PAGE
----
https://dpaste.de/Q6GS , the changes I’ve made are on line 76-71 and 232-255.

But I don’t quite understand how it should know that those switch cases should produce ÆØÅ, I assume I’ll have to add a layer for right control key under “const Key keymaps[][ROWS][COLS] PROGMEM = {” but have been unable to do so succefully. Any tips? :slight_smile:


(Michael Richters) #13

Yes, you’d have to add a Key_F13 to your keymap somewhere if you wanted to use that as your compose key. Not that there’s anything wrong with using Key_RightControl, of course.

It looks like you haven’t defined any keys to trigger those macros. Somewhere in your keymap, you’ll need a key defined as M(R_AE), for example. You can either do this by adding a whole new layer, which you could do by copying the QWERTY layer, and redefining the keys therein to your liking. You would also need to give it an appropriate name, and add that name to the layers enum, and define some ShiftToLayer() and/or LockLayer() keys to activate and deactivate that layer.

Alternatively, you could replace some little-used keys on one of the existing layers.


(Andreas Jacobsen) #14

Feel like such a “noob”, but all my attempts failed.

I saw that in the example repo I posted in the top bi lldata he had a layer like this
LSHIFT(Key_0), Key_F6, Key_F7, Key_F8, Key_F9, Key_F10, Key_F11,
Key_Enter, Key_Home, LCTRL(Key_LeftArrow), Key_UpArrow, LCTRL(Key_RightArrow), M(L_AA), Key_F12,
Key_End, Key_LeftArrow, Key_DownArrow, Key_RightArrow, M(L_AE), M(L_OE),
Consumer_PlaySlashPause, Consumer_ScanNextTrack,Key_Mute, Consumer_VolumeDecrement, Consumer_VolumeIncrement, Key_Backslash, Key_Pipe,
___, ___, Key_mouseBtnL, Key_mouseBtnR,
___)
};

but how does the program know what “LSHIFT” (and what does key_0 mean) is, it only used one other time in the [FUNCTION] = KEYMAP_STACKED layer set as “LSHIFT(Key_9),”, yet the documantation on the top of that files states that the danish characters are mapped to the FN layer. I could copy the [QWERTY] layer, could I then just swap [QWERTY] with “OSM(RightControl)”, copy paste the entire [QWERTY] layer and change the keys corresponding?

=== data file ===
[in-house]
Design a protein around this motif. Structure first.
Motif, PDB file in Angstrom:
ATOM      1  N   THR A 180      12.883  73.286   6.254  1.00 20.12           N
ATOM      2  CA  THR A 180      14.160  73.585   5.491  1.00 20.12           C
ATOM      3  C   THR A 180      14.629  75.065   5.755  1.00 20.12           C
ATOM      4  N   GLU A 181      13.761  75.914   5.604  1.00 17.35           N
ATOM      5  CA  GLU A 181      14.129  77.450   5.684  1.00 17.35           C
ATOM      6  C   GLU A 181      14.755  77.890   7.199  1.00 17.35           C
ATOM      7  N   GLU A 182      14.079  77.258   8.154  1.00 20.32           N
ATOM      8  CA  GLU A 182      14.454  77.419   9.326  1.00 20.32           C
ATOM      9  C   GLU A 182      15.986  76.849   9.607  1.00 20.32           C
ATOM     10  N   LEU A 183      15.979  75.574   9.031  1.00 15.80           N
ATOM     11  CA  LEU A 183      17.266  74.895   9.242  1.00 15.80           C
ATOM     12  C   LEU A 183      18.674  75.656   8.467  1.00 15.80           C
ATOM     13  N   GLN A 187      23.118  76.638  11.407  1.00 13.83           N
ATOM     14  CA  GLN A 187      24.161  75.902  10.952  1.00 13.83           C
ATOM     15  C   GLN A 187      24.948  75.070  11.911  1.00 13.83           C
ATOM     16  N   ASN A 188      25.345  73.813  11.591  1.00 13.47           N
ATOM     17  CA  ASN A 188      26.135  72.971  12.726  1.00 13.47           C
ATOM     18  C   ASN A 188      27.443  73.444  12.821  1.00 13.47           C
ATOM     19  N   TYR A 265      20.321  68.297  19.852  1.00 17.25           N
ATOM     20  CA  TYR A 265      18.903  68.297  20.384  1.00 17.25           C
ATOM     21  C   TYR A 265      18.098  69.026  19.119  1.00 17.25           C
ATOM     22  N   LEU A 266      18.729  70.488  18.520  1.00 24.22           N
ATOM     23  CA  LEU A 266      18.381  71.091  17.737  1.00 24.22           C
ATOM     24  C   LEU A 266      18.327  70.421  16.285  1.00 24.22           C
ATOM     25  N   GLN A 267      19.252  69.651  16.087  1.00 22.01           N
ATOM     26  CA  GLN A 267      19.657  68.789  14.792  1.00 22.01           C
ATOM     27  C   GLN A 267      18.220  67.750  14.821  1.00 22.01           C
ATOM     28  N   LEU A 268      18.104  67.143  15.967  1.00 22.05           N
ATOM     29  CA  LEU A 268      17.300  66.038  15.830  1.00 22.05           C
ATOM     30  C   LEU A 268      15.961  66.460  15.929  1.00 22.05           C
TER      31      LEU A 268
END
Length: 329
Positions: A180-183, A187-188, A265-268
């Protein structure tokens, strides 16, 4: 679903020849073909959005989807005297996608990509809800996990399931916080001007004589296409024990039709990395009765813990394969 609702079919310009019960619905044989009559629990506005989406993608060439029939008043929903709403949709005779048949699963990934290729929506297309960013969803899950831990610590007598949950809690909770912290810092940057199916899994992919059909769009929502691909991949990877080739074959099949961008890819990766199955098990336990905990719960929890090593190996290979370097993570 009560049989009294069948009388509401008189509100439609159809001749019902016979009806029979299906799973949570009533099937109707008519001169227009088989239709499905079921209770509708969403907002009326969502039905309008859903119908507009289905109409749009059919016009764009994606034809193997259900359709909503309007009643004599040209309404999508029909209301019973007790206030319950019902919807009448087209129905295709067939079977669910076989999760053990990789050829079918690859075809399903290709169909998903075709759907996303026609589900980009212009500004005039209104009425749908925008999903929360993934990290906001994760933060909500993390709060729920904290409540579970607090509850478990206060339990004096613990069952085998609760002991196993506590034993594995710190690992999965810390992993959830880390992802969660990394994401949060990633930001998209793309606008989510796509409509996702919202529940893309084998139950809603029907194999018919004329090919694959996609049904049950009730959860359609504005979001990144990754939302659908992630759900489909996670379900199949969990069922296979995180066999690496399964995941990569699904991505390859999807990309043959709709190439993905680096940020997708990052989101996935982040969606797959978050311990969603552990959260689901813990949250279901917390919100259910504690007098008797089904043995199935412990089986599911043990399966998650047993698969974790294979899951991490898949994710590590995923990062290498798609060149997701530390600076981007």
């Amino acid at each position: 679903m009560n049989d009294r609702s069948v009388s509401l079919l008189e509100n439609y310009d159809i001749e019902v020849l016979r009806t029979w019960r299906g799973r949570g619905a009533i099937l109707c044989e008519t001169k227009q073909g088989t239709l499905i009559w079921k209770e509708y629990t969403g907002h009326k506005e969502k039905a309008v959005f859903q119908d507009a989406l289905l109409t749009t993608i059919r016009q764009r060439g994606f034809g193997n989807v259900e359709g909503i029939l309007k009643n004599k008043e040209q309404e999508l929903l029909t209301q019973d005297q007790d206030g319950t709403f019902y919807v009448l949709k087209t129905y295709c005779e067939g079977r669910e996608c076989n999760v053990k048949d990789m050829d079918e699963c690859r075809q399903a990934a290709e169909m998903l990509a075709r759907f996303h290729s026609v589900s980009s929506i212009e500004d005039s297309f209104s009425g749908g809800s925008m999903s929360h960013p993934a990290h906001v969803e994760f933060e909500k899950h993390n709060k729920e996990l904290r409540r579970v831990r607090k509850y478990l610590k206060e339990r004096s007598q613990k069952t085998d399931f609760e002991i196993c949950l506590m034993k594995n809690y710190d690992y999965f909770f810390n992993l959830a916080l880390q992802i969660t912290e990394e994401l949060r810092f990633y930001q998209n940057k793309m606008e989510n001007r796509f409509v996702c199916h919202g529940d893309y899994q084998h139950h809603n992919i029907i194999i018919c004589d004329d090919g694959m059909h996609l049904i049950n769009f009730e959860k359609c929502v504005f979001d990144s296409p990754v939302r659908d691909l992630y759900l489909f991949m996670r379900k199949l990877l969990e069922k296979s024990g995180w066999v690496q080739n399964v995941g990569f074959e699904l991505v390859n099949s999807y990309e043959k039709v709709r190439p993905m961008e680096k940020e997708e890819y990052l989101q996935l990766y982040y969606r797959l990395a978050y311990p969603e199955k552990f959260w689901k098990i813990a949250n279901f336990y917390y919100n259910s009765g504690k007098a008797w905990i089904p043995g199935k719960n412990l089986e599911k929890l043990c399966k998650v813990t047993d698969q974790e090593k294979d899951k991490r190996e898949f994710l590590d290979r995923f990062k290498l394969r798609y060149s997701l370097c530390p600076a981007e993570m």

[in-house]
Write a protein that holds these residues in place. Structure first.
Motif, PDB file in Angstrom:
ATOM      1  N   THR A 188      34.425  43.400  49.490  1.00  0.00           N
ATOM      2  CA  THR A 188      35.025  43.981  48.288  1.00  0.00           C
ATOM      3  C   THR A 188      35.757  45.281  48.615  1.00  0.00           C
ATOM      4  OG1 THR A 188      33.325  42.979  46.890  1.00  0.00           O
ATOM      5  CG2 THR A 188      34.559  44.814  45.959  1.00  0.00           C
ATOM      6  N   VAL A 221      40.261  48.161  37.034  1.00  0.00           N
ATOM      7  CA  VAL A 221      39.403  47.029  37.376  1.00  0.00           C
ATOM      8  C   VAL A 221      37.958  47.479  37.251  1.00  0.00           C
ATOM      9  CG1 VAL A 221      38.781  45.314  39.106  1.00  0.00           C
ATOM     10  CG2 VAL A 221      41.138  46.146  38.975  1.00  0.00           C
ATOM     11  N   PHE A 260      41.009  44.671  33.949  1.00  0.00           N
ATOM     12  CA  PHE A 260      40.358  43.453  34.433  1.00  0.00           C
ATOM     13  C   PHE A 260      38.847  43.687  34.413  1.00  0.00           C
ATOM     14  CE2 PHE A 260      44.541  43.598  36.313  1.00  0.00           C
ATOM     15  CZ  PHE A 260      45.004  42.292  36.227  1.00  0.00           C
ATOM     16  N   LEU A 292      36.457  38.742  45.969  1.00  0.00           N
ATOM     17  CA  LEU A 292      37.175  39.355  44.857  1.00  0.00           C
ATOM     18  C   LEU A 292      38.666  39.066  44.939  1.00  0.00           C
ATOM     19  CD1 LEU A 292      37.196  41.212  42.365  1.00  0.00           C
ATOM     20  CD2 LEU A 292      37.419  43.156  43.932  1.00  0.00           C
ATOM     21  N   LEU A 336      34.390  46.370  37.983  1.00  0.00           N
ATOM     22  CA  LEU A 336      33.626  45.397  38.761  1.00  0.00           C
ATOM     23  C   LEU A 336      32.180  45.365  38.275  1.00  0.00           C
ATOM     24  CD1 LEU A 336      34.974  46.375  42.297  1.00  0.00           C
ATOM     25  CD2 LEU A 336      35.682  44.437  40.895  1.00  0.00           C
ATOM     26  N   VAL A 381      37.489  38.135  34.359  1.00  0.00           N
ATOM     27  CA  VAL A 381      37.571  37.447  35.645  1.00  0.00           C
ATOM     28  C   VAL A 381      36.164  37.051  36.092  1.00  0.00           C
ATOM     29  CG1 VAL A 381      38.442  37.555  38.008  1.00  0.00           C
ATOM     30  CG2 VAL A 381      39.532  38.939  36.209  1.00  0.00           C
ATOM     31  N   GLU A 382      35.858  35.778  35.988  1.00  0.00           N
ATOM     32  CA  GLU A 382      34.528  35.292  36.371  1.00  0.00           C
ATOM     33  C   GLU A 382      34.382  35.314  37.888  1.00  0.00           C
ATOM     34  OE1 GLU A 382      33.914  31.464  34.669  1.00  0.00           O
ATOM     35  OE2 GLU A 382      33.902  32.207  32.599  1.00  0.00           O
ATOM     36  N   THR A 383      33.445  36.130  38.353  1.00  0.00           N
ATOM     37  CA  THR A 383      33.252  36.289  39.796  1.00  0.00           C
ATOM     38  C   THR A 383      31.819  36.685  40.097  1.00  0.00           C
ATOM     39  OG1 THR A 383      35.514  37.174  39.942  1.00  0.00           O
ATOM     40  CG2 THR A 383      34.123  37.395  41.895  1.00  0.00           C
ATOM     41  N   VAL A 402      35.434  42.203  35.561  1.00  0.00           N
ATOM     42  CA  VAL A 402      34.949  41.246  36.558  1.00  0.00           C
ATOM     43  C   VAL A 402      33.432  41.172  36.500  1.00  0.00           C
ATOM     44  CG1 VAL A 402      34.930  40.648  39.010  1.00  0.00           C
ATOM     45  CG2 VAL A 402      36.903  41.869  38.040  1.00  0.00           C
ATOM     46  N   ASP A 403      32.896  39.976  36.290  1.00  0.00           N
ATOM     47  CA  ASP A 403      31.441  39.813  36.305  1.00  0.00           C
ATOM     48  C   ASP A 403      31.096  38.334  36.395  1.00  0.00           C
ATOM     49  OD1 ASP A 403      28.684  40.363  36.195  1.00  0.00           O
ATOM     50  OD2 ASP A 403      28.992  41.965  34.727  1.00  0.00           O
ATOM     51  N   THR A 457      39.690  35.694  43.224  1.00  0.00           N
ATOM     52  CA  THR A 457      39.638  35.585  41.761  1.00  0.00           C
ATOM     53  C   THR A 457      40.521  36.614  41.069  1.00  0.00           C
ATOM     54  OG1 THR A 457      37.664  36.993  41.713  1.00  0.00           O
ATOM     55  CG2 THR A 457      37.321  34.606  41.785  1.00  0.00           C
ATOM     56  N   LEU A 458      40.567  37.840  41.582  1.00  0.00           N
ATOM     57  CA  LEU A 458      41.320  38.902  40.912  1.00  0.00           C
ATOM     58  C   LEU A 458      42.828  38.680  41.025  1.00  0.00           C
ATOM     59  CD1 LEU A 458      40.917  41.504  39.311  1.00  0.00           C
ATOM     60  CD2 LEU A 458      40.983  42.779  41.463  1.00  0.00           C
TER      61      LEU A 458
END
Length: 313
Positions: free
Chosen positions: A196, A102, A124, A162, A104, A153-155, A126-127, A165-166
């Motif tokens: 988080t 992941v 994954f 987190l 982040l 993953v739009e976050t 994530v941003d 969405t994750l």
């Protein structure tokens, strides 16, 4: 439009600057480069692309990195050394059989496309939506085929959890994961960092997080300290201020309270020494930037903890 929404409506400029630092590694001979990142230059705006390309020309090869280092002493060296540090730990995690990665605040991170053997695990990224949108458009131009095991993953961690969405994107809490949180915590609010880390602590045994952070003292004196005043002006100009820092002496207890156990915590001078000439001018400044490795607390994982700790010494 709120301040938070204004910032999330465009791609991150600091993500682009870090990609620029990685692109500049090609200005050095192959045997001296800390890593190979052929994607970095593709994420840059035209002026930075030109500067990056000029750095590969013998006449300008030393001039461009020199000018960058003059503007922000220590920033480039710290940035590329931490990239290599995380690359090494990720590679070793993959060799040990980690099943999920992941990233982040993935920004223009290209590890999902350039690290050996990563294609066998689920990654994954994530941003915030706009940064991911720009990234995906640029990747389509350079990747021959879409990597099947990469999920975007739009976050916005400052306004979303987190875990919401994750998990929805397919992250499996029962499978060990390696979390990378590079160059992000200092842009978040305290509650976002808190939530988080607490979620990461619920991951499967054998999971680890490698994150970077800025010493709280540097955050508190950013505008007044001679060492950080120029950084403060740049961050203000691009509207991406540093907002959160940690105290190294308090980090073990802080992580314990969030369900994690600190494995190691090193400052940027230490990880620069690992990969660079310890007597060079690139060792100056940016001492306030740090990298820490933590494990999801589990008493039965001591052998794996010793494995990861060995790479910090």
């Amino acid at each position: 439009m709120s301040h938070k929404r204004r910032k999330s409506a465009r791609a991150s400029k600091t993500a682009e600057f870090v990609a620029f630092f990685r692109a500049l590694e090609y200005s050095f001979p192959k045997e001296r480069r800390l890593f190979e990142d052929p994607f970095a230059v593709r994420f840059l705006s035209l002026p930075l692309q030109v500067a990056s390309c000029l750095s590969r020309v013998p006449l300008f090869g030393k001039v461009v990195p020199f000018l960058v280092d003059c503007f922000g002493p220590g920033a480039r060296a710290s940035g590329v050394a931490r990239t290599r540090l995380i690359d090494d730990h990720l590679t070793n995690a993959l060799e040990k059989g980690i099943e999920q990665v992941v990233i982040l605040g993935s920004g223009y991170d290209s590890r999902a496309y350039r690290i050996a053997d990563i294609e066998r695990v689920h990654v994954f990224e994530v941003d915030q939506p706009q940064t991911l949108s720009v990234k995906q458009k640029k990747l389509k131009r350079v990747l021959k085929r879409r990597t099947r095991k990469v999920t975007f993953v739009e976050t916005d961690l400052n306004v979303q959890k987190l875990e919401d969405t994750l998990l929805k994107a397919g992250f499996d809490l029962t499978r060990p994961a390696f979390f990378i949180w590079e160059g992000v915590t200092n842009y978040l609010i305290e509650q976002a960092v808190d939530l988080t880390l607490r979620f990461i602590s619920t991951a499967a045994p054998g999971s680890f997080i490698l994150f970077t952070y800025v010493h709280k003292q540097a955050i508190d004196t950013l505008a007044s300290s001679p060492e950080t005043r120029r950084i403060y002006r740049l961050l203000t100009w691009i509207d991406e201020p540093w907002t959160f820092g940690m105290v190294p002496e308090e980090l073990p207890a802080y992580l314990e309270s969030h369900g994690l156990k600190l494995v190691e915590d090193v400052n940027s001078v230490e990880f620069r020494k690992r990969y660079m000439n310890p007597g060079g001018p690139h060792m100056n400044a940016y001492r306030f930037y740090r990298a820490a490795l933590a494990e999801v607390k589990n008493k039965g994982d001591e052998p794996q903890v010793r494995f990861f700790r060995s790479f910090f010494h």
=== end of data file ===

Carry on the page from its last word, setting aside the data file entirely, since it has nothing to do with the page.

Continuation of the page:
(Michael Richters) #15

Apologies for the incomplete instructions; I haven’t had much time in front of a real computer in the past few days. I’m going to try to answer some of your questions, and maybe a couple that you didn’t ask, but might be helpful anyway:

  1. How does LSHIFT() work?

Each key defined in a keymap comprises two bytes of data. For “normal” keys, one byte is the keycode sent via USB to the host computer, and the other is a set of bit flags. Five of those bit flags are used to tell Kaleidoscope if it should add a modifier (shift, control, et al) to the USB report when that key is pressed, in addition to the keycode. LSHIFT() is a C++ preprocessor macro that sets the “left shift” modifier flag in the flags byte of the Key object in the parens.

  1. What does Key_0 mean?

Key_0 is a pre-defined Key object that stores the USB keycode value for the US QWERTY 0 key. When you tap that key, you’ll get the digit 0 (if your OS keymap is US QWERTY), just like Key_A will get you a letter a (again, assuming US QWERTY).

Combining that with above, LSHIFT(Key_0) will get you the same result as holding down shift and pressing 0.

  1. What does ShiftToLayer() mean?

ShiftToLayer() is entirely different, and has nothing to do with LSHIFT(). Instead of setting a modifier flag, it sets flags telling Kaleidoscope that when that key is pressed, it should activate the specified layer. If that layer has a higher number than the current highest active layer (i.e. it comes later in the definition of keymaps), any keys defined on that layer will take precedence over keys on other active layers.

  1. What’s up with lldata’s firmware sketch?

That sketch has a few Danish characters (Æ, Ø, Å) mapped on the FUNCTION layer by means of the macros L_AA, L_AE, and L_OE. Each macro appears in three places: the macro index enum, the keymap, and the macroAction() function. Those macros are shortcuts to make it quicker and/or easier to enter commonly-used Compose key sequences.

I don’t use shortcuts like that, but I use a wide variety of compose sequences, and not frequently enough to feel that it’s particularly slow to type them. If you’re happy typing compose, a, e to get æ, then there’s no need to define anything special in your sketch. If that’s too slow or awkward for you, figure out where you want to put them in your keymap, and try setting up the macros you need on those keys by defining a key with M(L_AA) (for example).

If you’re still having trouble, I suggest posting a link to your whole sketch, and identifying exactly what you want — i.e. “I want the key labeled A on the FUNCTION layer to produce AE when I type it.” There are plenty of us here who can both help you get it working, and help explain the details of how it works from there; I know I find it much easier to understand these things when starting from a specific, complete example, rather than starting from general theory.


(Andreas Jacobsen) #16

Thanks, your explanation cleared up a few things :). I created a key map in GIMP based on the one on GitHub, I’m terrible at gimp but it should be viewable. It should, in my mind, be easy to do. I just have no idea of what I’m doing.

So I want RCTRL (Right Control) to be it’s own “layer”, this layer is just like the QWERTY layer but has Æ at ;, Ø at L and Å at P. I’ve made some other modifications like making the prog key be the esc key but that I’ve pretty much figured out how to do. Also what do you guys use the any key for?